|Jul-18-13|| ||Alex56171: The line 14... Ke5 15. Rf5# I saw. The line 14.... Kg5 15. Be3+ Kh4 16. Rf5 Qd4 17. Bxd4 Ng3 18. hxg3+ Kxg3 19. Bf2# I've been unable to see.|
|Jul-18-13|| ||Patriot: 11.Nxe5 Bxd1 12.Bxf7+
12...Ke7 13.Bxc5+ Kf6 14.O-O+
14...Kg5 15.Be3+ must be winning.
|Jul-19-13|| ||Bartimaeus: <Domdaniel> Of course, if you're saccing the Queen you have to get your money's worth or more. I was just mentioning that if you evaluate lines with 11. Nxe5 you would just check upon Nxf7 to see if it led to something. Winning the rook isn't enough and hence, we have to go with Bxf7+. Just an analysis think out loud.|
|Jul-19-13|| ||Bartimaeus: <BOSTER: It depends on what do you mean a gentleman. Some sources indicate that Legal touched his f3 knight and was forced to move it, but you was not forced to make such statement.> |
I thought that was implicit given the context but let me explain it for your understanding. I consider a gentleman to be a person who's a good human being with a sound moral compass and who has good sportsman's spirit. What i referred to in my posts was with respect to Alekhine's tendency to pass off post-mortems and compositions as actual brilliancies which certainly is unethical. You can read the earlier kibitzes on this very game and on other related pages on this site to get a fuller understanding of the picture. I most certainly was not forced to make such a statement; i made it with full comprehension and clear intent.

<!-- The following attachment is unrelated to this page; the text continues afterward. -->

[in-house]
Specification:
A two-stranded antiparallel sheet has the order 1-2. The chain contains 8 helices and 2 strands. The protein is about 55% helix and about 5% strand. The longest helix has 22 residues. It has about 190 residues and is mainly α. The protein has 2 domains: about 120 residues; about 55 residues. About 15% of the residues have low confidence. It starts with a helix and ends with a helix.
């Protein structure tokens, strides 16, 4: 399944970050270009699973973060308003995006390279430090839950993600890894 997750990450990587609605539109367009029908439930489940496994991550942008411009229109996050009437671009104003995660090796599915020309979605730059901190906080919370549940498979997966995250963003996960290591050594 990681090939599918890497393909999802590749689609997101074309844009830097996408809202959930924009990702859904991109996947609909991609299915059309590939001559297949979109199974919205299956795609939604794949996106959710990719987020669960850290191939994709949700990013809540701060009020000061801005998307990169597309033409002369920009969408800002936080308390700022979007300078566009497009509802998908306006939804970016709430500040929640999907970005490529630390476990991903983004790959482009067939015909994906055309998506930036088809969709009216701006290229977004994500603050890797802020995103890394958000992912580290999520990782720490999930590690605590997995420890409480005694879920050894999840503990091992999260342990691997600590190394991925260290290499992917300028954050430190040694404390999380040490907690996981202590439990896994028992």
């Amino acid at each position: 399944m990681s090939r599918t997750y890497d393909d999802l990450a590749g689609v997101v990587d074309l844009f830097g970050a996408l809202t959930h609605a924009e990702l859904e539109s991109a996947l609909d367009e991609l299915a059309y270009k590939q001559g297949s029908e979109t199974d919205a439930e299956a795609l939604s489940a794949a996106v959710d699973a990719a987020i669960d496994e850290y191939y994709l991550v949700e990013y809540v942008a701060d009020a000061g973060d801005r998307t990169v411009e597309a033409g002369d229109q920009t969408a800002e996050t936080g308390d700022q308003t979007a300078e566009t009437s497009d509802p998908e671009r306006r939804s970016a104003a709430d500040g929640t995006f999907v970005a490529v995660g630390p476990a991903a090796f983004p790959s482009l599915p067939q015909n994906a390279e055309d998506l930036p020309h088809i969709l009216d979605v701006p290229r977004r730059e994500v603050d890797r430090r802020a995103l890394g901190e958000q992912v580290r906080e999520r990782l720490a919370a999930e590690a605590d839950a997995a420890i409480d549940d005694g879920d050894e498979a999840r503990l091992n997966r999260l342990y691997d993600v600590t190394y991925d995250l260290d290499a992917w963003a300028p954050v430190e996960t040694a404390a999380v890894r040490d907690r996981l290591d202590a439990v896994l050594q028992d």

You on the other hand need to read posts carefully before pronouncing opinions from high above.